Masayoshi Takahashi – The Takahashi Method

About five years ago, Masayoshi Takahashi, a computer programmer in Japan, had to give a 5-minute presentation at a conference. He wanted a way to get his message clear and powerful in such a short time.

Unfortunately, at that time, he did not have software like PowerPoint. He did not have access to photos or drawing programs either. So he was stuck with text.

Still, he wanted to be different. He wanted to be effective.

So he went big with the text. Really big. And thus was born the Takahashi method.

For this, he had to identify the best word for each concept/slide as he took the audience through his presentation. The words or phrases resemble newspaper headlines rather than sentences which must be read. His slides, though they are all text, are visual, visual in the sense that they are instantly understood and support his talk.

As he says, if you have bullets or sentences, the audience will read those and may miss what you are saying.

The Takahashi Method

The Takahashi method – title slide

Four Points

4 points – here he discusses four benefits of using the method

First point

(1) – the first point is that…

Easy to see.

easy to see – …it is easy to see.

This method provides clear visual support for the audience and helps make the content more memorable. While it may not be a perfect method or applicable in all situations, it is still far better than the method used in most presentations. Many slide presentations consist of boring reams of bulleted text (used later or simultaneously as “handouts”) which many people can not read since the text on screen is too small (though that rarely keeps people from trying to read the slides anyway).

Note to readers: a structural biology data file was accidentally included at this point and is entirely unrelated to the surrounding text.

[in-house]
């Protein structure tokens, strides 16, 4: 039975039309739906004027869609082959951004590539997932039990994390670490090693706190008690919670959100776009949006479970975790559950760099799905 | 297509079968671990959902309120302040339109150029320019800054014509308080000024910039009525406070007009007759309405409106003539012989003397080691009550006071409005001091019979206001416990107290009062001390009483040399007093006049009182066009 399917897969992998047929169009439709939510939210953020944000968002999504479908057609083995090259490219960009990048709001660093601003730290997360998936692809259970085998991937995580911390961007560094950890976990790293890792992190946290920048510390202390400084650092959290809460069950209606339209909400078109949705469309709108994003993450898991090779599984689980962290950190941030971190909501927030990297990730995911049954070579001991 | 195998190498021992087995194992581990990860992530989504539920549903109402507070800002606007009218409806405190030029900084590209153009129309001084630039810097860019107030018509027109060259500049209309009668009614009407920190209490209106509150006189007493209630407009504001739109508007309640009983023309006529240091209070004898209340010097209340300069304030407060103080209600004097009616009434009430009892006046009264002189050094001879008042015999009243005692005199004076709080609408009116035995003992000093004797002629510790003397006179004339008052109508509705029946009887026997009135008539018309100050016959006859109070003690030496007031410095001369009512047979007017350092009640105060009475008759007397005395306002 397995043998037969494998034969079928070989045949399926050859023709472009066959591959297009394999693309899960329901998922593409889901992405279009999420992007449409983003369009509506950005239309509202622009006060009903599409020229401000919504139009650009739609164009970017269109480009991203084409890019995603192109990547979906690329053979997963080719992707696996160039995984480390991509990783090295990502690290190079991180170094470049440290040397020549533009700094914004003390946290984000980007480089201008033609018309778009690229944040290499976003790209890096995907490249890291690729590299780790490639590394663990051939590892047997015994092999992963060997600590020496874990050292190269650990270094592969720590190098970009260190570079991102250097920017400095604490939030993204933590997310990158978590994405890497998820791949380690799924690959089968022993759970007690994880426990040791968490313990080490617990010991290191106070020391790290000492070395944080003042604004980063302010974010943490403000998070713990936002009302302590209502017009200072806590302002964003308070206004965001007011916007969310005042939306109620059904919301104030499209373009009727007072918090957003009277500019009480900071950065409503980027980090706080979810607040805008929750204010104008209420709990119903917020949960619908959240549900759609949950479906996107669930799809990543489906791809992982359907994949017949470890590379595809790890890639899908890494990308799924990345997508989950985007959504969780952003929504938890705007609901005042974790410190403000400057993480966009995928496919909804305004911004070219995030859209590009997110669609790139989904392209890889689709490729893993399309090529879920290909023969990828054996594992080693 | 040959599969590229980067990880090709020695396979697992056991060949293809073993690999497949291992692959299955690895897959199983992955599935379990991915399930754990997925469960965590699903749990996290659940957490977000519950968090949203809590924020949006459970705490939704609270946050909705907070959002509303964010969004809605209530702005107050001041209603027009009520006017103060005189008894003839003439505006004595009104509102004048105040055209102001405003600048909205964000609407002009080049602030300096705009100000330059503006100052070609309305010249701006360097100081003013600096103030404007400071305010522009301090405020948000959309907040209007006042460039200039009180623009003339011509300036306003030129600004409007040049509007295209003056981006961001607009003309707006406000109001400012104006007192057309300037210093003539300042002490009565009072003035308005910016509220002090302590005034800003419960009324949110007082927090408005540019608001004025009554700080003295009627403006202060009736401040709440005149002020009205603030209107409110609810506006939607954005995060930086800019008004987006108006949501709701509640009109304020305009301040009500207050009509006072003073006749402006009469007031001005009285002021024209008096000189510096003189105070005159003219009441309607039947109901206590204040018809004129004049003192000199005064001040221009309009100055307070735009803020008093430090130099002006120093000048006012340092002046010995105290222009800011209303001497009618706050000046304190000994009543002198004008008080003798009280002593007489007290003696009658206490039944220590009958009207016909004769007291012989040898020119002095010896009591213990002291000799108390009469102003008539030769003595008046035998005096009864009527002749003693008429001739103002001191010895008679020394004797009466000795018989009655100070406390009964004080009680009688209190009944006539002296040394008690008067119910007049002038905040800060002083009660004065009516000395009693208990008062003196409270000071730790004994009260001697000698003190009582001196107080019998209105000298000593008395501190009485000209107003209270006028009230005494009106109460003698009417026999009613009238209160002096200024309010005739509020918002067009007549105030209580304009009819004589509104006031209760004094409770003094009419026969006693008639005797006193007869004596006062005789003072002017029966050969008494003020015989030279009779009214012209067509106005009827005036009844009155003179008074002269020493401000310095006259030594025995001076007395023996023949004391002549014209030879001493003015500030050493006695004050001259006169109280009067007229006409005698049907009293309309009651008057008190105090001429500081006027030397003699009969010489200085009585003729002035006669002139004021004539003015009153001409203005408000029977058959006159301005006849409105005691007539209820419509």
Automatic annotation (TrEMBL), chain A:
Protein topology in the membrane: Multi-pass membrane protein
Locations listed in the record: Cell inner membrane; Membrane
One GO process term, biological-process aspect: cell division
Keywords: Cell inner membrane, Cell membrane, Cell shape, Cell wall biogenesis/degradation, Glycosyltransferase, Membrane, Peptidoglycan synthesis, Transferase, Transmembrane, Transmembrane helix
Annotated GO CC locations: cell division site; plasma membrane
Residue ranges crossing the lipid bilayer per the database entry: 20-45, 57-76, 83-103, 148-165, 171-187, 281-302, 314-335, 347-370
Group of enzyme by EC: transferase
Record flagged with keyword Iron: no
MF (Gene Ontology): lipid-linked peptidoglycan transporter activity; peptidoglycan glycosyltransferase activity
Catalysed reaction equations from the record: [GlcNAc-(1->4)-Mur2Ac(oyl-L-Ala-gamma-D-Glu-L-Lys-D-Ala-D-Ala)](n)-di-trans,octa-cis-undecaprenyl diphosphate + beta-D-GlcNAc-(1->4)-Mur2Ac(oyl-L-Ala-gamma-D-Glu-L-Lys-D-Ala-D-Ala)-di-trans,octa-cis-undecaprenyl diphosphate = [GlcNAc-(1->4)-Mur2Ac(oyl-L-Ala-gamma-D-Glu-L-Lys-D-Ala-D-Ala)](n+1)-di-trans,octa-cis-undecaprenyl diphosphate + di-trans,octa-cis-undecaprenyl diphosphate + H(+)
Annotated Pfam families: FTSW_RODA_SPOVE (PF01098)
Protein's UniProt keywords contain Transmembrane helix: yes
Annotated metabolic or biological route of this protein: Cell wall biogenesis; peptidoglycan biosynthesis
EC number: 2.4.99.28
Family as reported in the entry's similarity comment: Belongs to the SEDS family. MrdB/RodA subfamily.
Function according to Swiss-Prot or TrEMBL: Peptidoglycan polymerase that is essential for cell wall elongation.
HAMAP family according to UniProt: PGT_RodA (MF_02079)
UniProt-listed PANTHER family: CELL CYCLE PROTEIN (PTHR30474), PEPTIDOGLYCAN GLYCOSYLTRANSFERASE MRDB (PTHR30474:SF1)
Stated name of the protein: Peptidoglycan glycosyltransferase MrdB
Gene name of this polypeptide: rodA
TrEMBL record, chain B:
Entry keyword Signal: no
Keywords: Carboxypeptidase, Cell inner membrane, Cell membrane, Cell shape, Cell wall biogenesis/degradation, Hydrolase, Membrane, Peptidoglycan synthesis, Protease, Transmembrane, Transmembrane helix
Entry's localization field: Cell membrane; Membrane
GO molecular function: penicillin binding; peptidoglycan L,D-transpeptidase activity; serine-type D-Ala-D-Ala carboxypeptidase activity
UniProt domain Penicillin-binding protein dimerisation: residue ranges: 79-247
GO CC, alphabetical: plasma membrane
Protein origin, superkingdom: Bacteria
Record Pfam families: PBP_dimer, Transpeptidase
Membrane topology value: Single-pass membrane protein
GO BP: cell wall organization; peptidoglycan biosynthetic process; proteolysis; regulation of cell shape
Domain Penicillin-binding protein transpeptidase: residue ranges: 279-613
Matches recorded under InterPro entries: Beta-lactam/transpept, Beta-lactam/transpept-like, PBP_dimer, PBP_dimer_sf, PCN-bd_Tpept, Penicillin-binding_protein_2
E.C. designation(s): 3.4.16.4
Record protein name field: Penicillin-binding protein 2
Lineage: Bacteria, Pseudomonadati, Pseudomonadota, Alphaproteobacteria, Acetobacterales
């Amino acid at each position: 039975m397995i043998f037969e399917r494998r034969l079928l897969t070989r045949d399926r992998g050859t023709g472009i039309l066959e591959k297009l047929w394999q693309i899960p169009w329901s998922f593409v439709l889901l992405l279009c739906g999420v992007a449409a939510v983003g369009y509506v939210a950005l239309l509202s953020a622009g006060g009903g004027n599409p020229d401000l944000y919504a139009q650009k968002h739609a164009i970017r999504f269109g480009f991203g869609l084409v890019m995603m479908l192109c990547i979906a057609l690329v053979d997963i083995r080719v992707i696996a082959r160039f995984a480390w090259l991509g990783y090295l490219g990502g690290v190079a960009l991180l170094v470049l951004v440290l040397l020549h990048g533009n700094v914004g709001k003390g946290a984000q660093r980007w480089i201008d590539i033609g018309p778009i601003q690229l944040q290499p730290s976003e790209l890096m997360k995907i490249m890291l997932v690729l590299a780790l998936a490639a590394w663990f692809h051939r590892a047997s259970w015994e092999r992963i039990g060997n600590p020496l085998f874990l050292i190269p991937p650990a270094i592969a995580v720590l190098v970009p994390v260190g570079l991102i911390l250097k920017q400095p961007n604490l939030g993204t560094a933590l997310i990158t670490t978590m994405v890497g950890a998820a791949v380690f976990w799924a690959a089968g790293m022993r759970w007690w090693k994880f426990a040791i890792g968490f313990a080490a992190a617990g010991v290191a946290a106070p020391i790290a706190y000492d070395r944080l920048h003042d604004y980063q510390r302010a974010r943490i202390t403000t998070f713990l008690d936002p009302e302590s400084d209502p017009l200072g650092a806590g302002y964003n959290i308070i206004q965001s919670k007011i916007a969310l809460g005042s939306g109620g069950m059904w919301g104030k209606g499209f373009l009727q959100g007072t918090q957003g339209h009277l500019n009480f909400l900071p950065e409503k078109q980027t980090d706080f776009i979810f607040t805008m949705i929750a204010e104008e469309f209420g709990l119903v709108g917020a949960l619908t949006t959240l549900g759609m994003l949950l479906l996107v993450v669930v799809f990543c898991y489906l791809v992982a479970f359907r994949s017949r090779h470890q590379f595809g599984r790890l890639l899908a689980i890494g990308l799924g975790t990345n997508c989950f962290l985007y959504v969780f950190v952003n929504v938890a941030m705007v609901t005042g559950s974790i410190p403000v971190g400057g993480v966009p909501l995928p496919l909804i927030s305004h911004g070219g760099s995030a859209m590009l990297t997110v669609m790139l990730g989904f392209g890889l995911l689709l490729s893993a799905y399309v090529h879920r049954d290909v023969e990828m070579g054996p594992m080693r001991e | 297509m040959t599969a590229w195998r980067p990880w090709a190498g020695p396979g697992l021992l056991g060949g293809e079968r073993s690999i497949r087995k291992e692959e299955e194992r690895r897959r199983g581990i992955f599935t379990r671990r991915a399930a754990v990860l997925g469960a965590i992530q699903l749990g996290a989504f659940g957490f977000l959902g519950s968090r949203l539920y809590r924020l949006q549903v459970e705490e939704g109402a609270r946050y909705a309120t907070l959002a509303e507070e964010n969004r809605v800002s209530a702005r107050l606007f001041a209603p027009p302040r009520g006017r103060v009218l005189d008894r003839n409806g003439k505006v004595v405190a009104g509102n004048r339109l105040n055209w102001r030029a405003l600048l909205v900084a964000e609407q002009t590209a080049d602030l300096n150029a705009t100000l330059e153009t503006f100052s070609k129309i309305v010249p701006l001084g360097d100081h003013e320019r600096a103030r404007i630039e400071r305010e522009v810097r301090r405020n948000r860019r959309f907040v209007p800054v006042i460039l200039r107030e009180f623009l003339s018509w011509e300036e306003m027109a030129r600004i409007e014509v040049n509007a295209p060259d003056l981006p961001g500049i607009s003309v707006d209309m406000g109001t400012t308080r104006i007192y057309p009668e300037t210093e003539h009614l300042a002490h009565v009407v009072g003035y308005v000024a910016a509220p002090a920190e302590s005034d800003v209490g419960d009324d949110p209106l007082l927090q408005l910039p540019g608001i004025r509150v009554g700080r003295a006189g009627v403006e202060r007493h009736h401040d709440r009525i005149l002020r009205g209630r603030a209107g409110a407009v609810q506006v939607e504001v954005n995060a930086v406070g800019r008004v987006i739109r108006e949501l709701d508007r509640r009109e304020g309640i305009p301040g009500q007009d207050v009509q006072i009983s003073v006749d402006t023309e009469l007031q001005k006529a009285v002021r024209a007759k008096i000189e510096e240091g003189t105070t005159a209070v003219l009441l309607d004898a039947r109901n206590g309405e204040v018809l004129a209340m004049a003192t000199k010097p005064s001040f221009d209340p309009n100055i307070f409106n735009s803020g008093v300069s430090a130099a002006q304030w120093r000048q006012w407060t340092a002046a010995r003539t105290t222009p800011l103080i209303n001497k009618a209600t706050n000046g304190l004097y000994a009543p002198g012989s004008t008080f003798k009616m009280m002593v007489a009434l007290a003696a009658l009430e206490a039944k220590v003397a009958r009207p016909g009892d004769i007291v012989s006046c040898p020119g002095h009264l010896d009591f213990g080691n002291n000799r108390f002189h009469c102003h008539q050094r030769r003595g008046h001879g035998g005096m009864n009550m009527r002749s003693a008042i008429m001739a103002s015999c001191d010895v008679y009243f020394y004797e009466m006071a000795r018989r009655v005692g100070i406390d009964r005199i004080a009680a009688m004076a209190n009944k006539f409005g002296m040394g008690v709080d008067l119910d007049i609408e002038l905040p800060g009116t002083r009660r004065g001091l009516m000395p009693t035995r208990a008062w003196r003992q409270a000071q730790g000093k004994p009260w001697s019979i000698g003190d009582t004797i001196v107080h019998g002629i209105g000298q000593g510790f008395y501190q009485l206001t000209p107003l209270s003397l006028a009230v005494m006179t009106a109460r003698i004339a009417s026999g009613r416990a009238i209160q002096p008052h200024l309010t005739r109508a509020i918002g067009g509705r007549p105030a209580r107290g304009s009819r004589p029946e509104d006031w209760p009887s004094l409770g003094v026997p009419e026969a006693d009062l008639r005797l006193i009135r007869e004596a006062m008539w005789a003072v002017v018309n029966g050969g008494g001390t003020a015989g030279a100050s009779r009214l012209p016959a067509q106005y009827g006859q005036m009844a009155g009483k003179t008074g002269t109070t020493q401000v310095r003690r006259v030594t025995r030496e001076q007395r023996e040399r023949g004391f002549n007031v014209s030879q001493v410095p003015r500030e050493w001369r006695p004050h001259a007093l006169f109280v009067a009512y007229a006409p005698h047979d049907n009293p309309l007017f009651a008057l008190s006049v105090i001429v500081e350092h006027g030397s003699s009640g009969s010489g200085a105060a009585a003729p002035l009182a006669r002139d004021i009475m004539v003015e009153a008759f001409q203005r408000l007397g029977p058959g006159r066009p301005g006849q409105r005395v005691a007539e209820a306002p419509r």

Sources and more information:

Published in: on April 7, 2008 at 11:25 pm  Comments (2)  
Tags: ,

The URI to TrackBack this entry is:

RSS feed for comments on this post.

2 CommentsLeave a comment

  1. […] some are blazing completely new presentation trails. An example is the Takahashi method , created by Japanese programmer Masayoshi Takahashi, where each slide consists of a single word in […]

Leave a Reply

Fill in your details below or click an icon to log in: Logo

You are commenting using your account. Log Out /  Change )

Google+ photo

You are commenting using your Google+ account. Log Out /  Change )

Twitter picture

You are commenting using your Twitter account. Log Out /  Change )

Facebook photo

You are commenting using your Facebook account. Log Out /  Change )


Connecting to %s

%d bloggers like this: